I read every post on eGullet and took each cook's advice into consideration before deciding on the following recipe and method:
Onion and Shallot Confit
1/4 cup olive oil
1/4 cup butter
3 tablespoons balsamic vinegar (you could swap this out with sherry or port or cognac or red wine)
1 tablespoon beef base (demi-glace would be better, or some reduced homemade stock)
1 tablespoon brown sugar
1 tablespoon pepper jelly (optional)
freshly-ground black pepper (to taste)
6 medium onions, peeled and sliced (ironically, the harsher-tasting the better, as they will yield the sweetest confit)
3 ginormous shallots, peeled and sliced (probably the equivalent of at least 6 regular ones)
*You may also choose to add some herbage such as thyme and/or bay leaves or even rosemary, but I wanted to keep mine simpler for this first attempt.
Add the olive oil, butter, vinegar, beef base, brown sugar, pepper jelly, and black pepper to the bottom of a crockpot set on high. Once the butter has melted, stir the ingredients together, and then add the onions and shallots. Mix until well-coated. Cover and cook on high overnight (about eight hours). You might be able to cook it all the way on high in less time, but after eight hours, I turned mine down to low and let it go another eight hours or until it reached a thick, jammy consistency, and a deep, brown color. After you eat a few spoonfuls and use some on whatever you're having for dinner, you'll end up with about a pint of the lovely stuff, which reportedly lasts a very long time in the fridge (but use a glass jar to keep everything else in the fridge from smelling oniony!).
Now that you have a pint of delicious and savory onions confit, what will you do with it? Well...it's Sunday night, which is often steak night here at my house. So I decided to season some ribeyes lightly instead of marinating or heavily rubbing them, as is normally my way. Then when they were seared but still quite rare, I topped them with a generous amount of the onion and shallot confit and some Danish bleu cheese and ran them under the broiler for two minutes. WOW! I served the steaks with some twice-baked style mashed potatoes, a potato mash that was augmented with a tablespoon or two of mayo and a couple of chopped green onions and a handful of shredded cheese with a little more cheese melted on top. Delish!
Below are some other ideas for using onions confit, pilfered from the eGullet posters. As you will see, you can use it on pretty much anything that would benefit from soft, sweet, richly-flavored, caramelized onions. So fire up that crock pot and get to slicing!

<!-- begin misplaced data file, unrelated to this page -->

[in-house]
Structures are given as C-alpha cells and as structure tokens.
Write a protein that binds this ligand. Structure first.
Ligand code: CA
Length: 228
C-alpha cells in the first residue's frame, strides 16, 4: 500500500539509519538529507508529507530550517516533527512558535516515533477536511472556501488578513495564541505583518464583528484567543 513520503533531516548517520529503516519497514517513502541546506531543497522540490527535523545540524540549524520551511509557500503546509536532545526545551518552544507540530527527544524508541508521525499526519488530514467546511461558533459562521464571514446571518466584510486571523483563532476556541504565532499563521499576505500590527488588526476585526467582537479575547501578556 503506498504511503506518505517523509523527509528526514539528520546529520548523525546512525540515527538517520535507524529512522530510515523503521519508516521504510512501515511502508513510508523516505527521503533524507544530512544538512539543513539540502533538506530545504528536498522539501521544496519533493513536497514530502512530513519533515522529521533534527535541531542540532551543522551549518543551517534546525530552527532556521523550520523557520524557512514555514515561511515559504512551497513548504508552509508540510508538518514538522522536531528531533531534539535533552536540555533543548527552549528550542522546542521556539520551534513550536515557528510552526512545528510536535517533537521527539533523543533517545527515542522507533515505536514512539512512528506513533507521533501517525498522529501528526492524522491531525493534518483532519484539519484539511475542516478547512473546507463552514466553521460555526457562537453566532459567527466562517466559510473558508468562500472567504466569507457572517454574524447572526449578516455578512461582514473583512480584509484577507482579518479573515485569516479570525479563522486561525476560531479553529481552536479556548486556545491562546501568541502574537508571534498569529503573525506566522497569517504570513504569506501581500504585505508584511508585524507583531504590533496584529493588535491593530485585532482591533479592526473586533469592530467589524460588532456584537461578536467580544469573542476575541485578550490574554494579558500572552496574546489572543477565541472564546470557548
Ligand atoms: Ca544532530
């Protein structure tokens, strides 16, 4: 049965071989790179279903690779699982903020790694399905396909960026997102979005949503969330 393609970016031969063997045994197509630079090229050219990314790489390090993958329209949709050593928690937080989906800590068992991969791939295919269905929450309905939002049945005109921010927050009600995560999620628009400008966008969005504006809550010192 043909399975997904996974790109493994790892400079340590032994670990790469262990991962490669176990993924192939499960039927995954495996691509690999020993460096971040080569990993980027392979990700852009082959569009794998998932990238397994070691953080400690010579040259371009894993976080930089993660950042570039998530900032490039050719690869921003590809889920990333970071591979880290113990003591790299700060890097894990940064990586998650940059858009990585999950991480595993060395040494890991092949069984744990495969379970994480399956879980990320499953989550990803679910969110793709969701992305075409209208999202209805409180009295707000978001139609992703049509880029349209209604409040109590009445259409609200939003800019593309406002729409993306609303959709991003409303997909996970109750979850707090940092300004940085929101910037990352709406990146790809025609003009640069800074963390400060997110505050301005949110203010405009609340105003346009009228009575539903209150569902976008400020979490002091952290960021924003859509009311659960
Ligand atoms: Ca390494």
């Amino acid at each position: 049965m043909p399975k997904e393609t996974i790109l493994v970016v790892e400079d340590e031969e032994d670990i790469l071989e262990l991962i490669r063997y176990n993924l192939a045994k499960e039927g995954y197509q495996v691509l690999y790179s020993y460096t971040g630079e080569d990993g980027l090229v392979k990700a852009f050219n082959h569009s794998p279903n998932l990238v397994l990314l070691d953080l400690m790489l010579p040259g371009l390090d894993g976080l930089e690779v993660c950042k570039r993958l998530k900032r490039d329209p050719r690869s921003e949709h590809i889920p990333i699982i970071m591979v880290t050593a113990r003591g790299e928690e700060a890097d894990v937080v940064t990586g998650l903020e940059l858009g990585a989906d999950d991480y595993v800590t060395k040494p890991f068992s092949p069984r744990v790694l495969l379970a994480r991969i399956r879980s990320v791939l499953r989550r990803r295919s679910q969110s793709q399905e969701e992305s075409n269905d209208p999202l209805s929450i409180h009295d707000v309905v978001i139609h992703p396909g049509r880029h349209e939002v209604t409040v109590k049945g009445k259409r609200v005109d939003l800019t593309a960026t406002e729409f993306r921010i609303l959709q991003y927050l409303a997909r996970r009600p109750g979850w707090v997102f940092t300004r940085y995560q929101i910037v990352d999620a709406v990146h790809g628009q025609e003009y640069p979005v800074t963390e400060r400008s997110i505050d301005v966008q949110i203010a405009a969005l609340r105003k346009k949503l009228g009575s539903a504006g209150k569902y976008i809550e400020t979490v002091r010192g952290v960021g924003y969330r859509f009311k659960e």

accompaniment to grilled meats
base for Alsatian onion tarts (pate brisee topped with onion confit, gruyere cheese, perhaps a few Nicoise olives, and/or anchovies)
accompaniment to baked brie or fried goat-cheese
heat up some canned beef bouillon and add a tablespoon of confit for "instant French Onion soup"
mixing a portion with some blue cheese (Stilton is good in this) and smearing it on a baguette
killer topping for pasta after adding some (more) balsamic vinegar
on a baked potato
in some sort of heavenly sandwich or a ploughman's lunch kind of thing, with some exceedingly ripe cheese
over scrambled eggs
with runny cheese, crackers, and a salad
with a crumbly cheese of some sort and pears
poached eggs crowned with the confit
as a topping for bruschetta
on a pissaladiere
on top of focaccia
portobello mushroom tarte tatin, optional chopped anchovies added near the end
atop a french bread slice, of which has been liberally spread with boursin cheese, and then topped with about a tablespoon of confit - toasted until the bread is crunchy
onion confit mixed with 2 tab of cream and 2 egg yolks as a filling for an onion tart
with pork chops
burgers off the grill topped with confit and sharp cheddar
on some rustic style pizza with roasted peppers and a sprinkling of gorganzola
over some smashed red potatoes with butter
with brie and crackers
a couple of all-beef hot dogs, lathered with a layer of onion confit along the bottom edge of a toasted roll, and the upper half topped with sauerkraut
as a garnish on some sliced-steak canapes
scoop of them spread over some rare london broil slices with some wonderful bleu cheese crumbles over top
duxelles in combination with the onion confit and shredded meat to make a filled bread roll
combine the onions with loads of garlic (perhaps up to several heads) and several crushed and chopped tomatoes... could take on a very nice garlicky, oniony, saucy texture
the onions, garlic, some cayenne, and maybe an assortment of fresh and dried chiles
in mashed potatoes
eaten by the spoonful!
*Follow-up: I found a new and wonderful use for this stuff. We had cube steaks for dinner, and I made the most delicious pan gravy using the onion and shallot confit. I whisked in a few tablespoons of flour into the pan drippings and added a couple of tablespoons of the confit. After I cooked this roux for a minute or two, I whisked in a cup of hot beef broth, and then once the sauce came together, I added enough half-n-half to reach a desired consistency. I seasoned it with salt and pepper, and that was it. It truly was the best gravy ever!